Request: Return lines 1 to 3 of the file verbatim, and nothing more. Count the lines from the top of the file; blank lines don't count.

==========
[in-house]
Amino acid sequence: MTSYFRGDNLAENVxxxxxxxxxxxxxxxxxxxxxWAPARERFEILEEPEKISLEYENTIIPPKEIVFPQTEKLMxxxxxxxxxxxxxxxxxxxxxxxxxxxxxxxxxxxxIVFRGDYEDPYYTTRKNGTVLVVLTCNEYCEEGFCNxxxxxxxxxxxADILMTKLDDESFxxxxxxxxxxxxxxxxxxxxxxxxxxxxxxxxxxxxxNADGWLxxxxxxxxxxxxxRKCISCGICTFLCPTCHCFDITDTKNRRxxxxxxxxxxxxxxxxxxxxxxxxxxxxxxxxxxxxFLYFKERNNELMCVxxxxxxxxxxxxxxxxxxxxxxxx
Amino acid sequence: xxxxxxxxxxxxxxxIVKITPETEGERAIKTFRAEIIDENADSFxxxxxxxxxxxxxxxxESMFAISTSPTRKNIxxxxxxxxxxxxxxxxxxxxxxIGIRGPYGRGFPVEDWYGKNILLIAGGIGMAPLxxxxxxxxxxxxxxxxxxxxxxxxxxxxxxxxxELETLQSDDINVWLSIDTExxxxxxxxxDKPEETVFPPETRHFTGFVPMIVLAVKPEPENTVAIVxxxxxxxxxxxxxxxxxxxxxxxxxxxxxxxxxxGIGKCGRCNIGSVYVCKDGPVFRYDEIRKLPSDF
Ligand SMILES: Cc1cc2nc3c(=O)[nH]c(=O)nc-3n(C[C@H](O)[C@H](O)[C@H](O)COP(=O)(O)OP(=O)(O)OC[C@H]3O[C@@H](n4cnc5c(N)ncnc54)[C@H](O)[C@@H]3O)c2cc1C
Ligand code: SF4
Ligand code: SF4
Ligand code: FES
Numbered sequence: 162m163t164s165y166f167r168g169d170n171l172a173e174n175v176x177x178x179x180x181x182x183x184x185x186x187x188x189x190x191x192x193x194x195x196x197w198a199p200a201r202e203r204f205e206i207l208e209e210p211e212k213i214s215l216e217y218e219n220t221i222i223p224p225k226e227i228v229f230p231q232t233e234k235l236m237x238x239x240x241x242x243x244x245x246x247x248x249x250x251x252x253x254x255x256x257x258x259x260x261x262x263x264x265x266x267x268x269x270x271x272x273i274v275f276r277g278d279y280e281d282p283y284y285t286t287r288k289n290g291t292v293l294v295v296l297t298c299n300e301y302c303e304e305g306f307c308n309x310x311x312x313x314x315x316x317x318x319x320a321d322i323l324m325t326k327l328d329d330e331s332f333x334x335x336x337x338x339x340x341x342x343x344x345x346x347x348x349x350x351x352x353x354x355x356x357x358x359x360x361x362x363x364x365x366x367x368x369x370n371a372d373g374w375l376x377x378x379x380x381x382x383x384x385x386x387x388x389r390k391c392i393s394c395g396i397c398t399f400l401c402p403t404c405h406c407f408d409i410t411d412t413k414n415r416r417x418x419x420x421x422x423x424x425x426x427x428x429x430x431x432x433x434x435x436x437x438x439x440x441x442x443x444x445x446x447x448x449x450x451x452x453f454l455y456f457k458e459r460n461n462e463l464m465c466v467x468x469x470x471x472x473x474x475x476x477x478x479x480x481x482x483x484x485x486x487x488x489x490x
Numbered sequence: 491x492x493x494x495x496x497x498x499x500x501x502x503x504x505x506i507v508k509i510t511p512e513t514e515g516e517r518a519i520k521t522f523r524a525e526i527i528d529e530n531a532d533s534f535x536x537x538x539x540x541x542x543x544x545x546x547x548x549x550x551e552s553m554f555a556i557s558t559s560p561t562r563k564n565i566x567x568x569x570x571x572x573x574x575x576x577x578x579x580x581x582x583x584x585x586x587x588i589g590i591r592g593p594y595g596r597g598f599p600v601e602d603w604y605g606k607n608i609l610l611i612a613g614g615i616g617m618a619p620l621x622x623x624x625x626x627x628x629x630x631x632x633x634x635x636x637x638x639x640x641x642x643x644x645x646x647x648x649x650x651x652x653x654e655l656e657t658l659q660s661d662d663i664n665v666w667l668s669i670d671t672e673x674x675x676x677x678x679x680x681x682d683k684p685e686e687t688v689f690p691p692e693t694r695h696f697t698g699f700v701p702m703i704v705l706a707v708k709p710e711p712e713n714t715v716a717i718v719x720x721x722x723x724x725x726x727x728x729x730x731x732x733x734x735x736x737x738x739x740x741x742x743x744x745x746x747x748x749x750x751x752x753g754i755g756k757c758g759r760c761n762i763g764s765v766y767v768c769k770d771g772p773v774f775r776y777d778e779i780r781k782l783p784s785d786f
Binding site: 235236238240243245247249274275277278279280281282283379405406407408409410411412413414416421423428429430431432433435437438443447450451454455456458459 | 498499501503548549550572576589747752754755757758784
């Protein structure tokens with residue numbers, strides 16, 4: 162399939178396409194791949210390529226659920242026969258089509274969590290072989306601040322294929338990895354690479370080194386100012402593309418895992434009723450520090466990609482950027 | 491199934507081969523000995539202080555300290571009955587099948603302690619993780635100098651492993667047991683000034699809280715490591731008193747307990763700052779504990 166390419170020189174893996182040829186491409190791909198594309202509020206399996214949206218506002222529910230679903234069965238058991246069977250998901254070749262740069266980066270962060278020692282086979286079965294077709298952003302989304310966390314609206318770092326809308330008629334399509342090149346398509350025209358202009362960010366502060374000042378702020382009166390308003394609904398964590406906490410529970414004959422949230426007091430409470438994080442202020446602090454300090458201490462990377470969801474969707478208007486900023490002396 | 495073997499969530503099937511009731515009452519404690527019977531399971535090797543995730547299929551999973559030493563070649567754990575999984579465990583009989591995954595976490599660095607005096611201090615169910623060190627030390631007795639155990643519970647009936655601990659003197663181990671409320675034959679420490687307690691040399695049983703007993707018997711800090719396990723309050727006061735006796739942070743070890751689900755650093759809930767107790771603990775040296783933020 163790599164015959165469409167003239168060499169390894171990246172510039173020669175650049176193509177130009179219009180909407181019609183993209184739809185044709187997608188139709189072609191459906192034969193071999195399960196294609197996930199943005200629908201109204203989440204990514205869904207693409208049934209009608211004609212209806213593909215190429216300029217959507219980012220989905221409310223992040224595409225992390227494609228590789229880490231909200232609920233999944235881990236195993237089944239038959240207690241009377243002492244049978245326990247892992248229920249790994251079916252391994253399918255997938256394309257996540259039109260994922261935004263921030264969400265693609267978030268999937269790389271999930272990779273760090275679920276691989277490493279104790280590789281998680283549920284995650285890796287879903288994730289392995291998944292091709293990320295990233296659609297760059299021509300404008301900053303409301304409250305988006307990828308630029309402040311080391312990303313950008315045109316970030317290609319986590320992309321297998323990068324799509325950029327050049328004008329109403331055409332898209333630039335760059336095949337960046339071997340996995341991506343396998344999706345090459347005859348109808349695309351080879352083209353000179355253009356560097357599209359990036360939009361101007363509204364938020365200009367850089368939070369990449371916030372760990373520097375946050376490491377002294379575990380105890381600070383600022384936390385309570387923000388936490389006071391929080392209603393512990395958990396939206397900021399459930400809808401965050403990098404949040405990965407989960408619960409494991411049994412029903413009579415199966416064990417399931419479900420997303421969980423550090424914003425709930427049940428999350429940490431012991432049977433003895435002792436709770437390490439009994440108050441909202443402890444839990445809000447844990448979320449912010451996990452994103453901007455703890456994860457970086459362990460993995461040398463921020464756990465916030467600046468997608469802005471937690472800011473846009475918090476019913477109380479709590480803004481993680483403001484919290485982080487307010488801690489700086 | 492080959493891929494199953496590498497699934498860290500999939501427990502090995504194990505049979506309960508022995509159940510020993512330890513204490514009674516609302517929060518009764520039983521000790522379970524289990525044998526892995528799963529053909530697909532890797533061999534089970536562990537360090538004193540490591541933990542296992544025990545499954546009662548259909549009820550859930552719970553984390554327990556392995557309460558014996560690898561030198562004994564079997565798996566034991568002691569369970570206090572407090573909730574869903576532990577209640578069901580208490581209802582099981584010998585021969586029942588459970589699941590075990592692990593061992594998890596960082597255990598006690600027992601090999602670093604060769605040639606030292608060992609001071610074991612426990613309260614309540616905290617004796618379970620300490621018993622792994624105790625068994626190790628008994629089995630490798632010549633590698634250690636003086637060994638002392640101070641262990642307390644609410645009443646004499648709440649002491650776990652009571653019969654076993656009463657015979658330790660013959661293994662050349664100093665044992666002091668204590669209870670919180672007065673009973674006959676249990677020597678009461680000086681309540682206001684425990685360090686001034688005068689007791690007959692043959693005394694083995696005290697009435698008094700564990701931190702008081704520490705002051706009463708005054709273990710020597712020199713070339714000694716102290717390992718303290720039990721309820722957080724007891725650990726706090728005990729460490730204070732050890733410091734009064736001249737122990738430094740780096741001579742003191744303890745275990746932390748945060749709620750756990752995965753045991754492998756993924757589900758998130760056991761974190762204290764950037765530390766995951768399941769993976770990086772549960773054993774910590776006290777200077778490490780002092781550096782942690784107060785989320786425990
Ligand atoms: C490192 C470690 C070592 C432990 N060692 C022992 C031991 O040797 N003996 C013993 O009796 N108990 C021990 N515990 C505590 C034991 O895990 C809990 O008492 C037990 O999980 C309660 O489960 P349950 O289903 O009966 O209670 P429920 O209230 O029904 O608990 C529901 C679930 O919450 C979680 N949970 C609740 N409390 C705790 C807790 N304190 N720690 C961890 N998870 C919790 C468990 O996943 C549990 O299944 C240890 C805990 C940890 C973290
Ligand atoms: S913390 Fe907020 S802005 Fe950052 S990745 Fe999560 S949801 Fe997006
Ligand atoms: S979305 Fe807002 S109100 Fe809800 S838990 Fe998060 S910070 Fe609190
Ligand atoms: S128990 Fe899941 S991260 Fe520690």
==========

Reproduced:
[in-house]
Amino acid sequence: MTSYFRGDNLAENVxxxxxxxxxxxxxxxxxxxxxWAPARERFEILEEPEKISLEYENTIIPPKEIVFPQTEKLMxxxxxxxxxxxxxxxxxxxxxxxxxxxxxxxxxxxxIVFRGDYEDPYYTTRKNGTVLVVLTCNEYCEEGFCNxxxxxxxxxxxADILMTKLDDESFxxxxxxxxxxxxxxxxxxxxxxxxxxxxxxxxxxxxxNADGWLxxxxxxxxxxxxxRKCISCGICTFLCPTCHCFDITDTKNRRxxxxxxxxxxxxxxxxxxxxxxxxxxxxxxxxxxxxFLYFKERNNELMCVxxxxxxxxxxxxxxxxxxxxxxxx
Amino acid sequence: xxxxxxxxxxxxxxxIVKITPETEGERAIKTFRAEIIDENADSFxxxxxxxxxxxxxxxxESMFAISTSPTRKNIxxxxxxxxxxxxxxxxxxxxxxIGIRGPYGRGFPVEDWYGKNILLIAGGIGMAPLxxxxxxxxxxxxxxxxxxxxxxxxxxxxxxxxxELETLQSDDINVWLSIDTExxxxxxxxxDKPEETVFPPETRHFTGFVPMIVLAVKPEPENTVAIVxxxxxxxxxxxxxxxxxxxxxxxxxxxxxxxxxxGIGKCGRCNIGSVYVCKDGPVFRYDEIRKLPSDF